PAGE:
The classical liberal arts education curriculum is designed around the core concept of "learning how to learn." The components of the coursework begin with a heavy focus on reading and reading comprehension and work their way through subjects like composition, rhetoric, public speaking, philosophy, useful Arts, the sciences and mathematics. The natural emphasis of liberal arts is the humanities, which produce an experience of academics seasoned by a deep appreciation for mankind and his place in the universe. The goal of such an education is to produce a well-rounded student with sufficient experience in each major area of academics to support advanced study in a single subject.
Liberal arts students naturally gravitate towards careers like teaching, becoming an author, journalism, law, becoming a historian, public service, library science and business, mainly because those vocations take full advantage of a student's appreciation for man's continuing quest for knowledge. A liberal arts degree establishes a graduate's competency in these areas and equips them to make their own contributions.
Students who appreciate man's historical struggles and understand the conditions that led to many of the achievements of the past can fully appreciate what it takes to build and manage a business. Because commerce relies entirely on human interaction, learning subjects like marketing, advertising, and product design are a natural consequence of already knowing the basics of subjects like psychology, sociology and culture. While a liberal arts education doesn't necessarily delve into the details of technical skills like accounting or finance, it does help future business leaders understand the "why" of successful businesses before they learn the "how."
Such leaders can earn stupendous salaries, given their advice can be used to build mighty commercial empires from humble stock.
For most students, the law is a gigantic library full of difficult-to-understand texts, obscure rulings and even more obscure concepts that have their roots in the achievements of past millennia. For the liberal arts student, the law is a fiery advocate, bravely clutching the words of great judges and magistrates and thundering away before a tribunal seated to consider a case made or lost by one man and his vision of justice.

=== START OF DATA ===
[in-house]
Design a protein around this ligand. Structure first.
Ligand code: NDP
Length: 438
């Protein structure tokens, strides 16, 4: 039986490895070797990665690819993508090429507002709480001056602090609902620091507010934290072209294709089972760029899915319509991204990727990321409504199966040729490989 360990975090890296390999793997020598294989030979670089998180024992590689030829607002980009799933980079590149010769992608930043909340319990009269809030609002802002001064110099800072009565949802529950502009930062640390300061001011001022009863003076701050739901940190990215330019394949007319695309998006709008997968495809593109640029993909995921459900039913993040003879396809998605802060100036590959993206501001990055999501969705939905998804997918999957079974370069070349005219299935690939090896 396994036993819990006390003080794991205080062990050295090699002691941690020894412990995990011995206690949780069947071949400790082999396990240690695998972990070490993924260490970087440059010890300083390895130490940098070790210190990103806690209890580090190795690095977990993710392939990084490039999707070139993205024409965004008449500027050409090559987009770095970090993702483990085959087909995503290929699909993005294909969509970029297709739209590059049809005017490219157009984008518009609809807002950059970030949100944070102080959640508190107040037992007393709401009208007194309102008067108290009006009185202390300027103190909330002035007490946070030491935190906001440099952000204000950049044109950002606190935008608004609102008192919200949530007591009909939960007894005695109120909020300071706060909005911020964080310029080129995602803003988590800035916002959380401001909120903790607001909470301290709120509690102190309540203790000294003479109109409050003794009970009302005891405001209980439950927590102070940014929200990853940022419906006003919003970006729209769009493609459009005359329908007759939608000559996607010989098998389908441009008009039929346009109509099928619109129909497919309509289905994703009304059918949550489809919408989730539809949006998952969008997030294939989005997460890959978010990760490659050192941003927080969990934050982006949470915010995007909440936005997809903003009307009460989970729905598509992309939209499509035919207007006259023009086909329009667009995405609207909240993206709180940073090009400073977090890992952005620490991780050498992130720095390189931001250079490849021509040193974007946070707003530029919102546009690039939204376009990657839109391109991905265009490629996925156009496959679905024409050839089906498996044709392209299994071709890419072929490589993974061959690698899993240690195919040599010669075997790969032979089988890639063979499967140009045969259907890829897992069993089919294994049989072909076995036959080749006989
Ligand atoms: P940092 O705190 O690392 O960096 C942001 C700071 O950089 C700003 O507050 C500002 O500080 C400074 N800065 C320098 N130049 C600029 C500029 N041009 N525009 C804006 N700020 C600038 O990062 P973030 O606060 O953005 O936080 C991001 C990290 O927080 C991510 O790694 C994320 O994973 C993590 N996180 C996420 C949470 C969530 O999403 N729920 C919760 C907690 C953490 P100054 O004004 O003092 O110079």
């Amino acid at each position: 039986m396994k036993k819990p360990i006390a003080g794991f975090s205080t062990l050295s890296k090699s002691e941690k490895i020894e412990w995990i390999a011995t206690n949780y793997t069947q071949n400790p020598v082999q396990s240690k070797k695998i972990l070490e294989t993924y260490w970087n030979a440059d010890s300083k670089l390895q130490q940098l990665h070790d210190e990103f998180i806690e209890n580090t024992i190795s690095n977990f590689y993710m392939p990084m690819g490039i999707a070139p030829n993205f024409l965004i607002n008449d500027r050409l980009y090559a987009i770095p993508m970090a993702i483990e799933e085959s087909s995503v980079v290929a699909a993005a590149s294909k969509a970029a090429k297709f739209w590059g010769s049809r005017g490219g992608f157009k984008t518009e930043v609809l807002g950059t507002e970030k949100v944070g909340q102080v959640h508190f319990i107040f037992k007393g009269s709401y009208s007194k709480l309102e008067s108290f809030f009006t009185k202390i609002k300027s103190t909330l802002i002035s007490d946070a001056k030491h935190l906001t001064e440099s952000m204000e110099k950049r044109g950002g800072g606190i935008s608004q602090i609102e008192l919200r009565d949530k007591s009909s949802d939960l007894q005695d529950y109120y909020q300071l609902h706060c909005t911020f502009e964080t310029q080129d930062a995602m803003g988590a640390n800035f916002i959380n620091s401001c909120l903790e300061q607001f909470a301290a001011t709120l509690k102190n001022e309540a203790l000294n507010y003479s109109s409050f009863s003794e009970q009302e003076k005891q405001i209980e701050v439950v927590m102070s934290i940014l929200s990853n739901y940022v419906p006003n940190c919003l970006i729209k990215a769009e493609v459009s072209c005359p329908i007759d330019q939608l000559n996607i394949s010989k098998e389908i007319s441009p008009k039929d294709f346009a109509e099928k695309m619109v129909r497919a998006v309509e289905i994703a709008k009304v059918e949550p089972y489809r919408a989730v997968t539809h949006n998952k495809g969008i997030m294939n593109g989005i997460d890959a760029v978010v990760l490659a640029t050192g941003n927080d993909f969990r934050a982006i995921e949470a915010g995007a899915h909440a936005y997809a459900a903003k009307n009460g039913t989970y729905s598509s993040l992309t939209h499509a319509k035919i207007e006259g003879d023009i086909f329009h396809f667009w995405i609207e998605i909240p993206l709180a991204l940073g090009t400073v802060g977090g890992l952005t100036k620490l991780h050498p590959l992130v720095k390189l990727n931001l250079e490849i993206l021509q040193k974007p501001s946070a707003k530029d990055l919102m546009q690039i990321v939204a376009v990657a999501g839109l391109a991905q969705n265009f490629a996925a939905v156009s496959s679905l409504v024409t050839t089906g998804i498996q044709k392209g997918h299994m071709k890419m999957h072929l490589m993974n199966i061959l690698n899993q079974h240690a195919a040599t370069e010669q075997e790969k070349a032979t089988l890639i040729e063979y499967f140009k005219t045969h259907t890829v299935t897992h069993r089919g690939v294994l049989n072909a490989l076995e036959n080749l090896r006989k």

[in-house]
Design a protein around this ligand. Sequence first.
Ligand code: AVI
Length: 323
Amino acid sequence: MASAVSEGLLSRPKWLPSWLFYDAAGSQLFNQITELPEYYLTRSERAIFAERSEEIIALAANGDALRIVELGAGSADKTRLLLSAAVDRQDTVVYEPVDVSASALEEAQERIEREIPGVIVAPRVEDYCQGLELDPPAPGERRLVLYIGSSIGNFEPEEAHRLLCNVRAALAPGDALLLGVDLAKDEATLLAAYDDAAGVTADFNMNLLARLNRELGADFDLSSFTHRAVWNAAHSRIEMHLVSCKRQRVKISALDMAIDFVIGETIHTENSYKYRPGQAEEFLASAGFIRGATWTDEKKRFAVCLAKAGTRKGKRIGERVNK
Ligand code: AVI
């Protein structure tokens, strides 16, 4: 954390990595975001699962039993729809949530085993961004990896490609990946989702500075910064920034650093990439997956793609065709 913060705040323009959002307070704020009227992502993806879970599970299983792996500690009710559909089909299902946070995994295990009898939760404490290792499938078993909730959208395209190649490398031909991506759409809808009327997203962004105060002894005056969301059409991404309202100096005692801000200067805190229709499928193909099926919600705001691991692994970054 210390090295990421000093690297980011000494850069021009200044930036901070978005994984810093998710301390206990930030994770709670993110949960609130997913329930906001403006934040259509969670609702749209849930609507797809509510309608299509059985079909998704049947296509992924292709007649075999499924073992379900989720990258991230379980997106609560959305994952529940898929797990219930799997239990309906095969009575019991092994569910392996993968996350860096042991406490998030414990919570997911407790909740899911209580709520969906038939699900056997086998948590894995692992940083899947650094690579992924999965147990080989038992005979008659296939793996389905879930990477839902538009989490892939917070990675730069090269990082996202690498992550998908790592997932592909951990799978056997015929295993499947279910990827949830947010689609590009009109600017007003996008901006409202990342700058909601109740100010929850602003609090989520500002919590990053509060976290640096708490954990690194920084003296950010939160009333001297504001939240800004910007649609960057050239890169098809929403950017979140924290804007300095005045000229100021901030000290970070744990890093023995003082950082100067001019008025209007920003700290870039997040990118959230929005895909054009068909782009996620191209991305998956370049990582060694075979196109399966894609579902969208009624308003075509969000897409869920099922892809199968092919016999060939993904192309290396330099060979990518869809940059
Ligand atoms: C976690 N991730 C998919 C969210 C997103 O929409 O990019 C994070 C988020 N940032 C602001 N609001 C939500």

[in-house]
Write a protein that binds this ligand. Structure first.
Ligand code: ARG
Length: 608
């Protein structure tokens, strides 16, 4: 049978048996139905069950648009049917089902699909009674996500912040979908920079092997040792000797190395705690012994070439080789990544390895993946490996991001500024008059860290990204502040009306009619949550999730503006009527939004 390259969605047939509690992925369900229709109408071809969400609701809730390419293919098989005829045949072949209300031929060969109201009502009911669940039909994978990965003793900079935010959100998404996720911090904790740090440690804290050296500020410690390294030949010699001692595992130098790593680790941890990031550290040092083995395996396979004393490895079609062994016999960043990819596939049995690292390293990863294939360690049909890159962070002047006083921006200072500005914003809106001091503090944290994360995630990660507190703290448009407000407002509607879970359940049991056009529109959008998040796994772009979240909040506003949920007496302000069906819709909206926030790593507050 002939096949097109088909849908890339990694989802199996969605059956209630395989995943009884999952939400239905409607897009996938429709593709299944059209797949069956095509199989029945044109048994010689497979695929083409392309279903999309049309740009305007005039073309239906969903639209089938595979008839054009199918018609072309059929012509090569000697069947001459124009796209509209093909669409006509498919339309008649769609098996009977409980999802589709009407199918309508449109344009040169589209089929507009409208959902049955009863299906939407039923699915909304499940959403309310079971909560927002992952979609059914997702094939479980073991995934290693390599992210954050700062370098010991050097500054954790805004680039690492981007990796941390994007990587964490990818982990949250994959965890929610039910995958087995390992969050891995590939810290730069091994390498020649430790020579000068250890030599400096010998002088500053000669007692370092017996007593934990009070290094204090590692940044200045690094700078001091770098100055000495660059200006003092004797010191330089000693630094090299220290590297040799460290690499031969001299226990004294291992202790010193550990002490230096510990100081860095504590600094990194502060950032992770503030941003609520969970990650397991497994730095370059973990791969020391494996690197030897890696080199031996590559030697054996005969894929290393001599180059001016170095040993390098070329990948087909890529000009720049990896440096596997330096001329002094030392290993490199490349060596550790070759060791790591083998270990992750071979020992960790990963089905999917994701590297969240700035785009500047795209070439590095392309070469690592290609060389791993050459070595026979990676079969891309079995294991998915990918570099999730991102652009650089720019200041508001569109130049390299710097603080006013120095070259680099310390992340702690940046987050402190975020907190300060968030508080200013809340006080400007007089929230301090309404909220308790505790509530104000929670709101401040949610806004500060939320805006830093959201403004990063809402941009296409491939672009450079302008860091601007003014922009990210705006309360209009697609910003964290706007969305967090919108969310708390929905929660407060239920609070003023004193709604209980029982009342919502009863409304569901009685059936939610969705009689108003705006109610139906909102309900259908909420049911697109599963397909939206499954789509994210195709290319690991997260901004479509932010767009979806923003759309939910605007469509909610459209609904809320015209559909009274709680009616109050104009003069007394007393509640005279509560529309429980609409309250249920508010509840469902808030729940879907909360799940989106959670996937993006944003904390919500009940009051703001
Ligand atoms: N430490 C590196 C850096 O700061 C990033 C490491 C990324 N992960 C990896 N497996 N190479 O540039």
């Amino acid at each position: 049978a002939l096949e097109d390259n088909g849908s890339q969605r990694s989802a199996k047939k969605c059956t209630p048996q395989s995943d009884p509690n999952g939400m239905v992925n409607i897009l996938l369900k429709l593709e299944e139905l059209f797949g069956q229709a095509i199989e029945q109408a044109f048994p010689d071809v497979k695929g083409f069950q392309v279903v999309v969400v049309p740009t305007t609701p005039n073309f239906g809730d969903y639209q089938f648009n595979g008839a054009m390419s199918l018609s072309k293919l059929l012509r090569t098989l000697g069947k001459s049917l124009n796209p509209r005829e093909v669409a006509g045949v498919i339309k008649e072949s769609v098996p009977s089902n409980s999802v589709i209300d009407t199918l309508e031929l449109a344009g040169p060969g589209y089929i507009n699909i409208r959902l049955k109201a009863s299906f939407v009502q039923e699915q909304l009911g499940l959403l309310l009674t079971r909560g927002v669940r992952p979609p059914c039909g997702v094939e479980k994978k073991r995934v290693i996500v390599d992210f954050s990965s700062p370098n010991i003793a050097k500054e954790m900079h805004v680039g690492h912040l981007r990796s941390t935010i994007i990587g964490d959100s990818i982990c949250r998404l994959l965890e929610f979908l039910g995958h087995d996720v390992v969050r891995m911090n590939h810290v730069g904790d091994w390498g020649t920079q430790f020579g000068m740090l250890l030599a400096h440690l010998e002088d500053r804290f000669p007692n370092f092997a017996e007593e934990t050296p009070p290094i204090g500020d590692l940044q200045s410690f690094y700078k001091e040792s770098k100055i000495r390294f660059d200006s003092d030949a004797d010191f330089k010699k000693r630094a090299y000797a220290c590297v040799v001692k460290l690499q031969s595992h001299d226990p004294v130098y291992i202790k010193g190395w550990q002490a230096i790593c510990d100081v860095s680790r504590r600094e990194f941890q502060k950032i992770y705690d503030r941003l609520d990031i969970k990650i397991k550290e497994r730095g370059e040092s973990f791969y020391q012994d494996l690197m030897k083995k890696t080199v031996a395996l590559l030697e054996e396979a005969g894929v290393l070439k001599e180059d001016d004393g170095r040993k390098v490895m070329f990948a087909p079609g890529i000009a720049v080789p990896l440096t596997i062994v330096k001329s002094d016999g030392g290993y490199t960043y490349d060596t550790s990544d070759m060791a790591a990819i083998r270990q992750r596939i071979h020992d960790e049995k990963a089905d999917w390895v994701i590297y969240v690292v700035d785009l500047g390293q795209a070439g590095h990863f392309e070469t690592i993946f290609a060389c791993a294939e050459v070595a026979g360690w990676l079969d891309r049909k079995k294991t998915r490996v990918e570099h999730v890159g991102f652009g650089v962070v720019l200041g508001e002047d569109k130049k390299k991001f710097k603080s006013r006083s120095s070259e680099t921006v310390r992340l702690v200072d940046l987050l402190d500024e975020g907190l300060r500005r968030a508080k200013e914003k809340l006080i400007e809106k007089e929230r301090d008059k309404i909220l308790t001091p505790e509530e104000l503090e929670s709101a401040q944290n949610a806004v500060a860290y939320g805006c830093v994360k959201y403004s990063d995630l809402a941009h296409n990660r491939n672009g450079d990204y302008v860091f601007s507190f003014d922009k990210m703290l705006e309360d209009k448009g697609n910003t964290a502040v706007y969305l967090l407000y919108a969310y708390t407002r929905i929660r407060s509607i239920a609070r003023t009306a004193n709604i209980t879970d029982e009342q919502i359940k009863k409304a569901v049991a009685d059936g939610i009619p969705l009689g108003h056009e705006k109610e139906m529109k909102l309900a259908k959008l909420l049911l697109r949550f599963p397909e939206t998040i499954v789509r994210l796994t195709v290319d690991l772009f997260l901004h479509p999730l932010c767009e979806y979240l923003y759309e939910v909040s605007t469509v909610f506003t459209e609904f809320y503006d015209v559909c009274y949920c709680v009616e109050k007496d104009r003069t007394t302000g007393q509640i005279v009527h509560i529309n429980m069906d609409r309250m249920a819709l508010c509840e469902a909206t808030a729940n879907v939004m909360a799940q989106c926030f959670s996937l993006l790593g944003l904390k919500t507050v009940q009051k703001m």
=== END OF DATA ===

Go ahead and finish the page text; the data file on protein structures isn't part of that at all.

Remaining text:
It should, therefore, come as no surprise that some of the greatest figures in history took seriously their journey through knowledge gained by studying the liberal arts. These are people who managed to codify timeless concepts and place them before all people in ways none have before or since. The education these folks earn is uniquely suited for trial law.
To say that liberal arts prepares a man or woman for legal practice is like saying rain prepares the Earth for grass. Good trial lawyers are as rare as good knuckleball pitcher, and are correspondingly well paid.
The ability to weave great concepts into even greater dialogue and plot is the mark of a true wordsmith, and no educational curriculum aside from pure language study prepares one better for taking the written word and making it sing. It might be said that writing books is no way for a prudent man to make a living, but in the 21st century, one could credibly argue there has never been a better time in human history to be a writer.
Given what mediocre romance novelists are earning in this day and age, it would seem that advantage can and does translate into staggering sums of money.
It is easy to say what a man learns as a consequence of a liberal arts degree isn't all that useful in this technology obsessed age, but that would be missing the entire point. Technology is utterly useless without man, and man is understood by what students learn when they follow the academic path laid down by this indispensable academic discipline.
Source: Inside Higher Ed
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